Before I get into the meat of this project I need to come clean about something. The reason we are only addressing a single part of this at the moment is because, well, my feet hurt. It is not because of page count or other editorial decisions. It is the result of blisters.
“The longest, wickedest street in America.” I’ve heard this line mangled, contorted and paraphrased. It is pulled from an old issue of Playboy Magzine, describing Colfax Avenue. It fits what a lot of people think about the street, at least in part. I know that growing up in the south suburbs I learned I should be wary of Colfax, long before I could even drive. As I grew up and the city shrank and became less intimidating, my perception changed. Even still, I would see enough strange ladies and arrests that part of that perception persisted.
When you start to consider the street and its context, though, its ability to intimidate does fall apart a little bit. It is nearly 30 miles long, and spans pretty much the entire metro area. Not now, not ever, did Denver have enough wickedness to populate this street. Playboy Magazine would want us to think that this road was wall to wall rumpus. I took a walk and discovered this just isn’t the case.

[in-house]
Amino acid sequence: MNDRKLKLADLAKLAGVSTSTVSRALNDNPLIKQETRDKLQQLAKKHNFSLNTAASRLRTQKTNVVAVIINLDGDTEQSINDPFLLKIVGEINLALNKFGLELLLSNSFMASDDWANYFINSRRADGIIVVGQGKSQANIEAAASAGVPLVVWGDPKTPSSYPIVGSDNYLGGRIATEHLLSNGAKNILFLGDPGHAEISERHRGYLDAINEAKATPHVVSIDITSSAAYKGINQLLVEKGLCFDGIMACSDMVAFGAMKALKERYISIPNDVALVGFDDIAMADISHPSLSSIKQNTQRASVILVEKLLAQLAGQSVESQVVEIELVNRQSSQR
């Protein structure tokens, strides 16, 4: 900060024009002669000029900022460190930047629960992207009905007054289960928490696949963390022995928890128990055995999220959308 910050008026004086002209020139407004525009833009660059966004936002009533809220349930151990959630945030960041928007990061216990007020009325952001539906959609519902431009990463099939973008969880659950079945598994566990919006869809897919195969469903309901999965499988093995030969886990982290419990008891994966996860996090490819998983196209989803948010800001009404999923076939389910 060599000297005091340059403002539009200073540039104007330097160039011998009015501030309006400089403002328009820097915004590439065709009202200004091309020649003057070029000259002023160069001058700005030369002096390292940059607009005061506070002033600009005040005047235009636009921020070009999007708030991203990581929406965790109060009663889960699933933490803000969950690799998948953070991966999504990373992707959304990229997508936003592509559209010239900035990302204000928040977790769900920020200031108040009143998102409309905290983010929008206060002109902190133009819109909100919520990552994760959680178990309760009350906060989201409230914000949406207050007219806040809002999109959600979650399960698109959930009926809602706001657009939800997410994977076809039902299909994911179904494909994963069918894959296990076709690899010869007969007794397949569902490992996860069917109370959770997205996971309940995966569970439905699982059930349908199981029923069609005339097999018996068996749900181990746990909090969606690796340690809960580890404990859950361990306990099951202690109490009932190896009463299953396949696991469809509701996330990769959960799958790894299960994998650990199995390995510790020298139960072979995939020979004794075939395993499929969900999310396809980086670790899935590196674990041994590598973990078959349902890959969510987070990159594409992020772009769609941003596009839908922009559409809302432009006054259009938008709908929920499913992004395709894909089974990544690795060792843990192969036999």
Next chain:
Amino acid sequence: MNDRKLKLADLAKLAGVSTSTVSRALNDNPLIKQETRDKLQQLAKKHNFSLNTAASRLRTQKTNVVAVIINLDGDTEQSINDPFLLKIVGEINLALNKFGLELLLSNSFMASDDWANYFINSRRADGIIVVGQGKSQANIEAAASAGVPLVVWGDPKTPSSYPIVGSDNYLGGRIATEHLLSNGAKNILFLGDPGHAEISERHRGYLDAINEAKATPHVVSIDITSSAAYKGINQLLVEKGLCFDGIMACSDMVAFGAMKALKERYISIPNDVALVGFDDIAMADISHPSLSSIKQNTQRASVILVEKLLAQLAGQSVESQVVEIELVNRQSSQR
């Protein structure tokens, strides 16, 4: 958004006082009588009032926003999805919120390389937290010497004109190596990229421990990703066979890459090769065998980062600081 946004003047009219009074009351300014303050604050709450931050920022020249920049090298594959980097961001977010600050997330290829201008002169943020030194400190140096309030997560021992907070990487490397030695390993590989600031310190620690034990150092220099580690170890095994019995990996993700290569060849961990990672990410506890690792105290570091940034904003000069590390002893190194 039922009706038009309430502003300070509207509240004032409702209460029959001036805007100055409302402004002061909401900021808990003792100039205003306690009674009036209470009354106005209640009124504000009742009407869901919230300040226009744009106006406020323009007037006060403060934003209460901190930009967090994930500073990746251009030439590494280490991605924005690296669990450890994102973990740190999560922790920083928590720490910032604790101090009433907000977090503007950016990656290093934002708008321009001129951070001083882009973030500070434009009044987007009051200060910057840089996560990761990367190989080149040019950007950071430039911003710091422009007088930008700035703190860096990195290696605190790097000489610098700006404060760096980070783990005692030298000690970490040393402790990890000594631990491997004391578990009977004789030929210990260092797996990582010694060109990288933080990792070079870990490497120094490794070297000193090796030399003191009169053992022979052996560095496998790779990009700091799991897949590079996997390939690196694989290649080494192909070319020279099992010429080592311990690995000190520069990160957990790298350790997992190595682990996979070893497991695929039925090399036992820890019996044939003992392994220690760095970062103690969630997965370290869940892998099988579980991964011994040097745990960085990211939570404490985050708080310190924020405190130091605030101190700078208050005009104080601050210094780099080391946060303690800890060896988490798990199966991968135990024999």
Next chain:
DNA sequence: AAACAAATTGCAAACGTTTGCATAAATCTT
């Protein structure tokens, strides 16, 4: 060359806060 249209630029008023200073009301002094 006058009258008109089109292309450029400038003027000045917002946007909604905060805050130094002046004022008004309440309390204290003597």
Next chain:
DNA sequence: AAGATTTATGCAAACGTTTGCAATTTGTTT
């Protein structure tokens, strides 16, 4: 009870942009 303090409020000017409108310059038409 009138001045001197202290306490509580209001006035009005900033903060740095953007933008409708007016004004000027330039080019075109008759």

I decided to hoof it across its entire length. It seemed like a good way to get a feel for the street, to engage the city in a new way. I planned to walk from Heritage Square to Colorado and Colfax, about 15 miles, the first day. On the second I would walk the rest of the way and quit at Gun Club Road. I imagined that I would gain a rare perspective, as I took in the width of our town.
It was surprisingly boring. Which—really— is interesting.
As I walked that first 15 miles the sun came and went. Even its occasional company was more consistent than the pedestrians. Throughout the entire walk, even with effort, I spoke to very few people—some at bus stops along the way, and since I hit downtown at quitting time there were a few people heading to their cars. My interactions with this street were mostly limited to the quiet, absent moments that I inevitably find everywhere.
Walking, or even driving, a thoroughfare is a strange proposition regardless of any supposed sordid past. It is, in a sense, the very definition of scratching the surface. It may or may not describe what lies just a block in either perpendicular direction. Even worse is when you don’t give yourself more than just a few minutes to absorb what is there. So, these photos represent scratching the surface of a surface.
I should point out I’ve only done the first half of the walk so far, as I alluded to earlier. Maybe things change dramatically east of Colorado Blvd. My blisters have healed and I’ll be following up shortly. I plan to— after I finish the 2nd half—return (by car) to the most interesting blocks along the whole stretch and dredge up some actual wickedness.